Bolt has limited their business activity in Tanzania to just working with corporate clients after Tanzania implemented strict land laws that have abruptly halted many companies’ operations in the country including Uber.
Earlier this year, Tanzania’s Land Transport Regulatory Authority (LATRA) mandated ride-hailing operators to collect a maximum of 15 per cent which the companies say is not sustainable for their operations.
The same month the mandate was made, Uber exited the market stating that the regulations are unfavourable and it would only return if the regulatory issues were sorted. Uber was charging its drivers a 25 per cent commission while Bolt a 20 per cent commission. Bolt adjusted its commission but restructered to offer to coperate clients only.
Tanzania is not only the country that imposed regulations to the ride-hailing industry, In July, Kenya also impossed a law where drivers were required to pay a maximum of 18 per cent commision. A move the state says will protect drivers from exorbitant charges. Drivers had previosly held several strikes and boycotts in protest of the high fees that the campanies never put into consideration.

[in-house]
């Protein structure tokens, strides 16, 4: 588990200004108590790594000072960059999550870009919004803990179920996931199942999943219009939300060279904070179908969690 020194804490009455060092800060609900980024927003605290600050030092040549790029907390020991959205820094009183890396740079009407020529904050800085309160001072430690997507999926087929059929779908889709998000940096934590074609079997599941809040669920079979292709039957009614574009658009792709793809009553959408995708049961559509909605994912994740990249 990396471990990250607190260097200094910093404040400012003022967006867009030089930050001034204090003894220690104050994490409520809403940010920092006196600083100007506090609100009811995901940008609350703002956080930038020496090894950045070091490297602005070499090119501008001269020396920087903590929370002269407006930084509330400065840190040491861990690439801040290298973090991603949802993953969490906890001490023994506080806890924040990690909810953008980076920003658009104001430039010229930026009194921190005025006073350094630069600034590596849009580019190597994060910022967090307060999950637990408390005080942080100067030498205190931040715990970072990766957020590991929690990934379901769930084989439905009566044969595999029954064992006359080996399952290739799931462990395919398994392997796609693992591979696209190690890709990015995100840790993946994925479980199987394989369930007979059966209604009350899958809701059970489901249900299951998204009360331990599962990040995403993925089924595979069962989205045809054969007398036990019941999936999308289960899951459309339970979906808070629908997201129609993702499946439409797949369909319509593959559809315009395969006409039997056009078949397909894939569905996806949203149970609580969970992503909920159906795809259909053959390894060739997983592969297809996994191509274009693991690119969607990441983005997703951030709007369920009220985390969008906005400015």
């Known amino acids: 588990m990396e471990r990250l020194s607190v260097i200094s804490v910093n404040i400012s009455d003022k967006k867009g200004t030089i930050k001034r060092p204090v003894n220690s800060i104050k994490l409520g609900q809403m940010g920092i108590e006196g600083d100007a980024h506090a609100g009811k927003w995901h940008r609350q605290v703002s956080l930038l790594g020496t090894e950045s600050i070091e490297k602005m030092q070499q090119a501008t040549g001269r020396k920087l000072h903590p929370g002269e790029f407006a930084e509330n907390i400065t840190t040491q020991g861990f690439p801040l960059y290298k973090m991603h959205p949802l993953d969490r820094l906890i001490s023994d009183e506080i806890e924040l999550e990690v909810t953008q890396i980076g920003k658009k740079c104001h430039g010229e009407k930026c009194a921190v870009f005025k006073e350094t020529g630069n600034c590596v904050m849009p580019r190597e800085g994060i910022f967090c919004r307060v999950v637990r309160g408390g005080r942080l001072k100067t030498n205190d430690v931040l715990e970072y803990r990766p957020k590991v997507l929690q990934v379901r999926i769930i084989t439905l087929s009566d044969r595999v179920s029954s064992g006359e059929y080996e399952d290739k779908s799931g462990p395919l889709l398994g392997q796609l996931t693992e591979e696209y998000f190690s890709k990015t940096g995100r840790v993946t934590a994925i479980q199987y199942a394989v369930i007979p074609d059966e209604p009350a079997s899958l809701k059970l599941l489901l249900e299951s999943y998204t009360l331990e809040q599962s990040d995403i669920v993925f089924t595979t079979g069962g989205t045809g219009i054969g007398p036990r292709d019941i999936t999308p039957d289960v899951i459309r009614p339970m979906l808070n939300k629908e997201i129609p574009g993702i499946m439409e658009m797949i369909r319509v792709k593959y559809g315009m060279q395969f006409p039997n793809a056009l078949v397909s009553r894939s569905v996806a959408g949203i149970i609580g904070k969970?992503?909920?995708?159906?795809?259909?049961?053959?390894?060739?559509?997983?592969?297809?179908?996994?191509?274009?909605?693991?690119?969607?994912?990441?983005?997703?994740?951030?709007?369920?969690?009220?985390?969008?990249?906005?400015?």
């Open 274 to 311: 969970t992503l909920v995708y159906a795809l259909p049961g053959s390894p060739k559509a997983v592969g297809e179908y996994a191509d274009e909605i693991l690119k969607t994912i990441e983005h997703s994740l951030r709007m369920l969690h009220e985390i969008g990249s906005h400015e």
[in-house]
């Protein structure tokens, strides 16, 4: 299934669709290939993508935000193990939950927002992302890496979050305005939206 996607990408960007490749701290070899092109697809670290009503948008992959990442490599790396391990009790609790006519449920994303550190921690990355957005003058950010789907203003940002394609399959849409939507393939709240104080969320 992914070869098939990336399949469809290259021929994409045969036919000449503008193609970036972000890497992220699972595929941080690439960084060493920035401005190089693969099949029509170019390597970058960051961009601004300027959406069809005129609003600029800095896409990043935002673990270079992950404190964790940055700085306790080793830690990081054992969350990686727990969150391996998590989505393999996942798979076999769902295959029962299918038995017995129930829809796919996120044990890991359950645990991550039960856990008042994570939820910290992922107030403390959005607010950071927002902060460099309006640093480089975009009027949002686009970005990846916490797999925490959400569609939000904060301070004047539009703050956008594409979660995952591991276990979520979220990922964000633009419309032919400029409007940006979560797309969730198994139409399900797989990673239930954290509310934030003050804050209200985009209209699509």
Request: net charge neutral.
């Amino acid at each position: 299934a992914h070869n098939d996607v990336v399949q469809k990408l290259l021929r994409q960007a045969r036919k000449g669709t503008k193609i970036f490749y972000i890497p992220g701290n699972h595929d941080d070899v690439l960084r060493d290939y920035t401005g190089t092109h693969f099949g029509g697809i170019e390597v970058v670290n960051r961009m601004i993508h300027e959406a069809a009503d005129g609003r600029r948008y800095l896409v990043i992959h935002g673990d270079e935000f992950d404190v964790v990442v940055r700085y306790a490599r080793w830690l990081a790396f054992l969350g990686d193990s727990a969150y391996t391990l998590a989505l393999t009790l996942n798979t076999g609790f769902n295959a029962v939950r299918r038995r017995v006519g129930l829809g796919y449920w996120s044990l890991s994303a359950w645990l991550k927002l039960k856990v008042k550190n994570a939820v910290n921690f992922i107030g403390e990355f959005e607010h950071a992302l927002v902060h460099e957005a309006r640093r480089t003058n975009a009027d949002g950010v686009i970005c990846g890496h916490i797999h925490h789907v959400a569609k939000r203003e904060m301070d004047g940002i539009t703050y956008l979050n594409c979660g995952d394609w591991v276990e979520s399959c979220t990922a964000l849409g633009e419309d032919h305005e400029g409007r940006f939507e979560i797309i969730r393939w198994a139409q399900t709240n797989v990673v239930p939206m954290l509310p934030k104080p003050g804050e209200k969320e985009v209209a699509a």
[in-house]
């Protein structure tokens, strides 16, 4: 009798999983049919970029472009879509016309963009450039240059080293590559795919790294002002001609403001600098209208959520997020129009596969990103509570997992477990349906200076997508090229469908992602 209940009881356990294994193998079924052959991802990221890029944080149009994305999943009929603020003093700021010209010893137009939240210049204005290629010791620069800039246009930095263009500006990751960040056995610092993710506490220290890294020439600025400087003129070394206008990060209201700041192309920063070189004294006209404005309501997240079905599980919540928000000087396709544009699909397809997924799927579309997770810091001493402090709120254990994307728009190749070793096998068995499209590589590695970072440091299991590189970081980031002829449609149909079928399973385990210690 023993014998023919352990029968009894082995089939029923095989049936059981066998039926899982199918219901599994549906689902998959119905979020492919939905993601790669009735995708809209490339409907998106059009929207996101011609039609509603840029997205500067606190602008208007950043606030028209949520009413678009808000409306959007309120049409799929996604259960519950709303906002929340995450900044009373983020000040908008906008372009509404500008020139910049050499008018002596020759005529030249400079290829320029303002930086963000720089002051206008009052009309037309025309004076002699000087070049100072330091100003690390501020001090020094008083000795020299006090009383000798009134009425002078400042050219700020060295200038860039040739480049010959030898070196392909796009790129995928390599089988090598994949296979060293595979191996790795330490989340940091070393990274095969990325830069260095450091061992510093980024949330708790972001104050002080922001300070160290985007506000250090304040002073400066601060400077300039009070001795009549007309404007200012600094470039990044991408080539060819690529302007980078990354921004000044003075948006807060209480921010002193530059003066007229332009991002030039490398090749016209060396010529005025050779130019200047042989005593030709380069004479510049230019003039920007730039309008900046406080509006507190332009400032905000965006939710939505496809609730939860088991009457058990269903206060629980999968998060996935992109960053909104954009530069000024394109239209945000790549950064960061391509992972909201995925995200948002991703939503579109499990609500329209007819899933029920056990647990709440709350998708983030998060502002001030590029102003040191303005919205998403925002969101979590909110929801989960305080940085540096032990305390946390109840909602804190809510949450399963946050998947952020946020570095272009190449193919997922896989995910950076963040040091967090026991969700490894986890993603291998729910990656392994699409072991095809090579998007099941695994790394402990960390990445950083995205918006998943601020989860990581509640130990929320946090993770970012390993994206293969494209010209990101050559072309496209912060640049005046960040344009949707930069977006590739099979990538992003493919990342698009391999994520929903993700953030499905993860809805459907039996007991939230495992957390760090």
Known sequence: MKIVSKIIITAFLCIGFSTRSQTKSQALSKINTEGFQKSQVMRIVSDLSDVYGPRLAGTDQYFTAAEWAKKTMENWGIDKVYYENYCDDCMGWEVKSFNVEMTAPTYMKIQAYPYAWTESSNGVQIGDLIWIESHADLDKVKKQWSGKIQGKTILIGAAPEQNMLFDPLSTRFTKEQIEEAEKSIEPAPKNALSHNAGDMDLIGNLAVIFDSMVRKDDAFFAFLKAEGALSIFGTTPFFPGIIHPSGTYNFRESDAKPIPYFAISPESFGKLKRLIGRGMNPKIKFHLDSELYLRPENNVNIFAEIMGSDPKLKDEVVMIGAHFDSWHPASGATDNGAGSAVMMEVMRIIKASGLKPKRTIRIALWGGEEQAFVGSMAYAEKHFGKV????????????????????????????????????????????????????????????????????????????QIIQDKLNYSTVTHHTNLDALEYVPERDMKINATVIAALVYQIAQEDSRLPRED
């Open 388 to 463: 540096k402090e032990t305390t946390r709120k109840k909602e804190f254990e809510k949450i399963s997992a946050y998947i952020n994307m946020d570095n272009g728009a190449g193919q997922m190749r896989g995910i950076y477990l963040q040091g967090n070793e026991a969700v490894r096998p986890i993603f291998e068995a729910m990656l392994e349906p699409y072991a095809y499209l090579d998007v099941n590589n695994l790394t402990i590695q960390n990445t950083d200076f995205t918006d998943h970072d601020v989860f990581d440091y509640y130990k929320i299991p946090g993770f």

Another revelation into the Tanzania exit could not be LATRA’s complex rules be the country’s week currency that makes it difficult for them to operate on the set terms which could also result in revenue decrease if they adopt it.
Techcabal says, These business decisions by the two major ride hailing companies illustrate the long-standing narrative that regulations in Africa challenge technology businesses and innovative startups on the continent